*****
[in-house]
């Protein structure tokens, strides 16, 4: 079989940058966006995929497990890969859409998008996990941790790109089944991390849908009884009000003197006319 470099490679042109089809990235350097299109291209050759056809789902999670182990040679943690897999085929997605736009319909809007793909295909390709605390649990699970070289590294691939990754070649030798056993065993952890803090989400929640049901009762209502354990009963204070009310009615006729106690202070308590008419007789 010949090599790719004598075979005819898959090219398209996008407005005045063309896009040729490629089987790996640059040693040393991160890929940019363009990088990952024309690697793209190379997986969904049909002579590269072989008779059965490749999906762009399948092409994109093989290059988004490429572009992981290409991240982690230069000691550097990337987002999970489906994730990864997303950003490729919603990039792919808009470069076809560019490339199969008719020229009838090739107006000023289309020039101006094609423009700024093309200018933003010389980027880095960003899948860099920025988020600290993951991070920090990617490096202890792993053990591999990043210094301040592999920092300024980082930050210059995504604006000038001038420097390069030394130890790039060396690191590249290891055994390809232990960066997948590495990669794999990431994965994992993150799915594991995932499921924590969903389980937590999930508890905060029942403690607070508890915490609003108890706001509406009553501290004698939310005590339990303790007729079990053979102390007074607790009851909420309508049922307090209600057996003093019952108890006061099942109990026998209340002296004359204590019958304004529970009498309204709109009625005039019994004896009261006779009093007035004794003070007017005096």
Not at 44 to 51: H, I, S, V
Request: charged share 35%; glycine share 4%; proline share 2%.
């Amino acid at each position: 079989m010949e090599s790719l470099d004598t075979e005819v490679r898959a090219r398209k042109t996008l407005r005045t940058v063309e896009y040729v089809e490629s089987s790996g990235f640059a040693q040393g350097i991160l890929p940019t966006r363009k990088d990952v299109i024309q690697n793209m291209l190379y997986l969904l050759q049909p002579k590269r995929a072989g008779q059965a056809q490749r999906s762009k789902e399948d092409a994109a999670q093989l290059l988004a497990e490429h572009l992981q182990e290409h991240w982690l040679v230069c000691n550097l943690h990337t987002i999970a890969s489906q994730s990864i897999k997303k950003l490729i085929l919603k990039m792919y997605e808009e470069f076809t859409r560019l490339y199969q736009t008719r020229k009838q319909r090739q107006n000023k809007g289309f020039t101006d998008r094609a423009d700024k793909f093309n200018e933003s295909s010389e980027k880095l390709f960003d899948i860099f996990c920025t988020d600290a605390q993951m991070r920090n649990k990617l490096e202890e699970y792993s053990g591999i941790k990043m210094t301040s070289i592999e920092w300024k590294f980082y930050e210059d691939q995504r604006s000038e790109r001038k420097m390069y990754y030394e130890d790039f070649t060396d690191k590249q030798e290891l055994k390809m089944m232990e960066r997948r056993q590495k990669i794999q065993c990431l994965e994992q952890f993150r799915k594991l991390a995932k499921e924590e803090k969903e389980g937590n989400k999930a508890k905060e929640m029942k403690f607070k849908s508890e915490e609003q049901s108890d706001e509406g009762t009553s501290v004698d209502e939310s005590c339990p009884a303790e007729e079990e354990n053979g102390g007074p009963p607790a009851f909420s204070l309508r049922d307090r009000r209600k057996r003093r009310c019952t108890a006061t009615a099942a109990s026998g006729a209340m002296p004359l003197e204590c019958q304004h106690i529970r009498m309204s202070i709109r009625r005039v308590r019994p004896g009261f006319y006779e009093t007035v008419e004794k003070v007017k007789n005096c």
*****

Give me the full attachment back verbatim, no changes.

[in-house]
């Protein structure tokens, strides 16, 4: 079989940058966006995929497990890969859409998008996990941790790109089944991390849908009884009000003197006319 470099490679042109089809990235350097299109291209050759056809789902999670182990040679943690897999085929997605736009319909809007793909295909390709605390649990699970070289590294691939990754070649030798056993065993952890803090989400929640049901009762209502354990009963204070009310009615006729106690202070308590008419007789 010949090599790719004598075979005819898959090219398209996008407005005045063309896009040729490629089987790996640059040693040393991160890929940019363009990088990952024309690697793209190379997986969904049909002579590269072989008779059965490749999906762009399948092409994109093989290059988004490429572009992981290409991240982690230069000691550097990337987002999970489906994730990864997303950003490729919603990039792919808009470069076809560019490339199969008719020229009838090739107006000023289309020039101006094609423009700024093309200018933003010389980027880095960003899948860099920025988020600290993951991070920090990617490096202890792993053990591999990043210094301040592999920092300024980082930050210059995504604006000038001038420097390069030394130890790039060396690191590249290891055994390809232990960066997948590495990669794999990431994965994992993150799915594991995932499921924590969903389980937590999930508890905060029942403690607070508890915490609003108890706001509406009553501290004698939310005590339990303790007729079990053979102390007074607790009851909420309508049922307090209600057996003093019952108890006061099942109990026998209340002296004359204590019958304004529970009498309204709109009625005039019994004896009261006779009093007035004794003070007017005096």
Not at 44 to 51: H, I, S, V
Request: charged share 35%; glycine share 4%; proline share 2%.
């Amino acid at each position: 079989m010949e090599s790719l470099d004598t075979e005819v490679r898959a090219r398209k042109t996008l407005r005045t940058v063309e896009y040729v089809e490629s089987s790996g990235f640059a040693q040393g350097i991160l890929p940019t966006r363009k990088d990952v299109i024309q690697n793209m291209l190379y997986l969904l050759q049909p002579k590269r995929a072989g008779q059965a056809q490749r999906s762009k789902e399948d092409a994109a999670q093989l290059l988004a497990e490429h572009l992981q182990e290409h991240w982690l040679v230069c000691n550097l943690h990337t987002i999970a890969s489906q994730s990864i897999k997303k950003l490729i085929l919603k990039m792919y997605e808009e470069f076809t859409r560019l490339y199969q736009t008719r020229k009838q319909r090739q107006n000023k809007g289309f020039t101006d998008r094609a423009d700024k793909f093309n200018e933003s295909s010389e980027k880095l390709f960003d899948i860099f996990c920025t988020d600290a605390q993951m991070r920090n649990k990617l490096e202890e699970y792993s053990g591999i941790k990043m210094t301040s070289i592999e920092w300024k590294f980082y930050e210059d691939q995504r604006s000038e790109r001038k420097m390069y990754y030394e130890d790039f070649t060396d690191k590249q030798e290891l055994k390809m089944m232990e960066r997948r056993q590495k990669i794999q065993c990431l994965e994992q952890f993150r799915k594991l991390a995932k499921e924590e803090k969903e389980g937590n989400k999930a508890k905060e929640m029942k403690f607070k849908s508890e915490e609003q049901s108890d706001e509406g009762t009553s501290v004698d209502e939310s005590c339990p009884a303790e007729e079990e354990n053979g102390g007074p009963p607790a009851f909420s204070l309508r049922d307090r009000r209600k057996r003093r009310c019952t108890a006061t009615a099942a109990s026998g006729a209340m002296p004359l003197e204590c019958q304004h106690i529970r009498m309204s202070i709109r009625r005039v308590r019994p004896g009261f006319y006779e009093t007035v008419e004794k003070v007017k007789n005096c």